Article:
A federal grand jury has indicted James Matthew Bradley Jr., the driver of a tractor-trailer packed with immigrants being smuggled into the United States, on five counts related to the deaths of 10 people and injuries to 29 others trapped inside. Some of the charges carry the death penalty.

James Matthew Bradley Jr.

Bradley, 60, was indicted Wednesday on one count of conspiracy to transport and harbor undocumented aliens for financial gain resulting in death, one count of transportation of undocumented aliens resulting in death, one count of conspiracy to transport and harbor undocumented aliens for financial gain resulting in serious bodily injury and placing lives in jeopardy, one count of transporting undocumented aliens resulting in serious bodily injury and placing lives in jeopardy, and one count of possession of a firearm by a convicted felon.

“Upon conviction of the conspiracy and transportation-resulting-in-death charges, Bradley faces up to life imprisonment or death,” according to a statement from the U.S. Attorney’s Office for the Western District of Texas. The other counts could result in up to 20 years in federal prison.

The immigrants, most of whom were from Mexico, paid smugglers thousands of dollars to travel north from the Mexican border into the United States last month. Survivors recounted an hours-long journey from Laredo to San Antonio in the sweltering trailer, which did not have a functioning air-conditioning unit. They also said they banged on the truck’s inner walls for hours and yelled for help as the deadly South Texas heat took its toll in the early morning hours of July 23.

Bradley told authorities that he was unaware of his cargo until he took a bathroom break at a Southwest side Walmart and heard banging from inside his truck. It was then that he opened the trailer’s doors and was “run over by Spanish people,” Bradley said. Even then, Bradley failed to call 911, and it was a Walmart employee who alerted police after a passenger escaped and requested water, police said. At the scene, authorities found a .38-caliber pistol inside the trailer allegedly belonging to Bradley.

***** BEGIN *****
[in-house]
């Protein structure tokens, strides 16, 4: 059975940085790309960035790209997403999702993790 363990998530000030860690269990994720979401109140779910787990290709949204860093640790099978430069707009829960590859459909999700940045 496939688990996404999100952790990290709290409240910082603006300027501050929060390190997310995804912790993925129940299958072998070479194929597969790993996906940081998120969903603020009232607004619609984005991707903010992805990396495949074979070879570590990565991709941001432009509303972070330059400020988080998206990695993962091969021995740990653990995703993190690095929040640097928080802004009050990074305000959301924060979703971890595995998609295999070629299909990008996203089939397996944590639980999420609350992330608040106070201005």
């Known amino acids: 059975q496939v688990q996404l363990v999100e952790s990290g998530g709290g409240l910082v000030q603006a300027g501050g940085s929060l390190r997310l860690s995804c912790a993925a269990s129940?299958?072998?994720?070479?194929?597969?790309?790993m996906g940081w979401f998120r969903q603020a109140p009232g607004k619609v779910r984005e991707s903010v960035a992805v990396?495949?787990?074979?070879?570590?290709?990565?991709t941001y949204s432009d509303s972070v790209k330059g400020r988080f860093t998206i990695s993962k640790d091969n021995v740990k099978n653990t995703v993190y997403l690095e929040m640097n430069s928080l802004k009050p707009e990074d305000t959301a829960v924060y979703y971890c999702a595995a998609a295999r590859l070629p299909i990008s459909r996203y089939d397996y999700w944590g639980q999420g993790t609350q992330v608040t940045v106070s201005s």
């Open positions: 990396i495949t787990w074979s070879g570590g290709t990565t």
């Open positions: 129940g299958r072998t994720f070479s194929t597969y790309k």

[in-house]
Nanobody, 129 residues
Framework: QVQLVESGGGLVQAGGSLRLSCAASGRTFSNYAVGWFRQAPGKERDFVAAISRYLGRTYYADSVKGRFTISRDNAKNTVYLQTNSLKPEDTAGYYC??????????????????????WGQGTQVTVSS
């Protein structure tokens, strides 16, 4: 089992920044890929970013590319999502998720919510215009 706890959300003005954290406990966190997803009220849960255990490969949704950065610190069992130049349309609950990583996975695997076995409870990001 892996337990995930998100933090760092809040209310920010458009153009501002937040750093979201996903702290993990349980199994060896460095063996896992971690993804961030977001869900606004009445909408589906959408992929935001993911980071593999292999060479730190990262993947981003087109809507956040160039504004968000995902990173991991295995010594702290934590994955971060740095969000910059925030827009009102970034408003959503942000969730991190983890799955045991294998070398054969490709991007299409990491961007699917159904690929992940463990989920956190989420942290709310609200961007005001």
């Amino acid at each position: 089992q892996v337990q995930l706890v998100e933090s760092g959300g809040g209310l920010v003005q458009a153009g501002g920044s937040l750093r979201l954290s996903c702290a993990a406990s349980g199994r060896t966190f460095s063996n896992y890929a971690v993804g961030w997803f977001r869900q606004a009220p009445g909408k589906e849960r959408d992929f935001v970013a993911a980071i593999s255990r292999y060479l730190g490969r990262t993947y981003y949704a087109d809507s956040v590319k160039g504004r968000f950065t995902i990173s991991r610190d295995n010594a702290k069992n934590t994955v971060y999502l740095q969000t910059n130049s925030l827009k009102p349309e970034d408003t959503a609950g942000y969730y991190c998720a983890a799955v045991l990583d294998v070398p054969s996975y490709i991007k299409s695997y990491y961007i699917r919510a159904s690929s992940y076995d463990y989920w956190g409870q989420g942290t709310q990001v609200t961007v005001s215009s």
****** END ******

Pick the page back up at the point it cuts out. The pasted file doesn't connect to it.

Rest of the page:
According to court records, the immigrants estimated the trailer contained between 70 and 200 people during the journey from the border to San Antonio, and video footage in the hands of law enforcement authorities show some of those transported were taken away by smugglers before authorities reached the scene.

As of Thursday, two victims remain hospitalized, five have been released from hospitals and turned over to U.S. Customs and Immigration Enforcement authorities, and 22 individuals are in federal custody as material witnesses in the case. Of the five individuals in ICE custody, four juveniles are under the supervision of the Office of Refugee Resettlement (ORR) and one adult is being processed through the U.S. Immigration Court.

No date for an arraignment or trial has been set, said Daryl Fields, public affairs officer for the U.S. Attorney’s office in San Antonio.

The Mexican government is not involved in the investigation, but the Mexican Consulate in San Antonio has repatriated several of the bodies of the deceased and offered legal services to survivors.

The July 23 tragedy marks one of the deadliest cases of human smuggling in the last ten years and has highlighted the increased dangers of crossing the U.S.-Mexico border.

Over the past 20 years, more than 7,000 men, women, and children have died along the Southwest border, according to a recent reports, and deaths have continued to climb even as apprehensions and attempts to cross illegally have decreased.

During a recent visit to San Antonio, Mexico’s Ambassador to the United States Gerónimo Gutiérrez said both countries should work together to address human smuggling operations that continue to claim lives on both sides of the border.

Rocío Guenther has called San Antonio home for more than a decade. Originally from Guadalajara, Mexico, she bridges two countries, two cultures, and two languages. Rocío has demonstrated experience in...